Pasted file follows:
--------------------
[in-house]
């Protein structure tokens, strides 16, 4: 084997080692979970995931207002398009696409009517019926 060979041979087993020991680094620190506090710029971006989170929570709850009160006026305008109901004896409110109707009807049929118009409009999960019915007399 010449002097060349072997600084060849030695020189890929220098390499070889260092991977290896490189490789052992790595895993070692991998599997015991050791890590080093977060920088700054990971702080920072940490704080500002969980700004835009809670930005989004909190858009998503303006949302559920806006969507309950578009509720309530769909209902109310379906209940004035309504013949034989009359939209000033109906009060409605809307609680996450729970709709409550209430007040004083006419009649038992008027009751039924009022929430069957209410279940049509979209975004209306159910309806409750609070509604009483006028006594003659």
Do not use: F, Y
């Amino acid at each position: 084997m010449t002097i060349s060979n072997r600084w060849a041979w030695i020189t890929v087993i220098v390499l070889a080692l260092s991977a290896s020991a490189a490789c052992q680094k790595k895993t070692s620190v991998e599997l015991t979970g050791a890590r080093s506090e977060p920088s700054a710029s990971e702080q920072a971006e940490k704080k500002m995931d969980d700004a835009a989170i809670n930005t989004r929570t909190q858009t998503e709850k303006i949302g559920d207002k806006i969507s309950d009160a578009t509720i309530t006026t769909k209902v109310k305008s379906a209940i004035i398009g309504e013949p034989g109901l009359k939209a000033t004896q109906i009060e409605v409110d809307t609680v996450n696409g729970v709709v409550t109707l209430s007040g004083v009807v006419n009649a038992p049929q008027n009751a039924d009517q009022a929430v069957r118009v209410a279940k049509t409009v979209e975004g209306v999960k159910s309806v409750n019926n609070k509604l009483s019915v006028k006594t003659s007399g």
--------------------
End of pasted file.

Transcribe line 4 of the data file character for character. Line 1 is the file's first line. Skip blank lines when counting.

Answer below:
């Amino acid at each position: 084997m010449t002097i060349s060979n072997r600084w060849a041979w030695i020189t890929v087993i220098v390499l070889a080692l260092s991977a290896s020991a490189a490789c052992q680094k790595k895993t070692s620190v991998e599997l015991t979970g050791a890590r080093s506090e977060p920088s700054a710029s990971e702080q920072a971006e940490k704080k500002m995931d969980d700004a835009a989170i809670n930005t989004r929570t909190q858009t998503e709850k303006i949302g559920d207002k806006i969507s309950d009160a578009t509720i309530t006026t769909k209902v109310k305008s379906a209940i004035i398009g309504e013949p034989g109901l009359k939209a000033t004896q109906i009060e409605v409110d809307t609680v996450n696409g729970v709709v409550t109707l209430s007040g004083v009807v006419n009649a038992p049929q008027n009751a039924d009517q009022a929430v069957r118009v209410a279940k049509t409009v979209e975004g209306v999960k159910s309806v409750n019926n609070k509604l009483s019915v006028k006594t003659s007399g």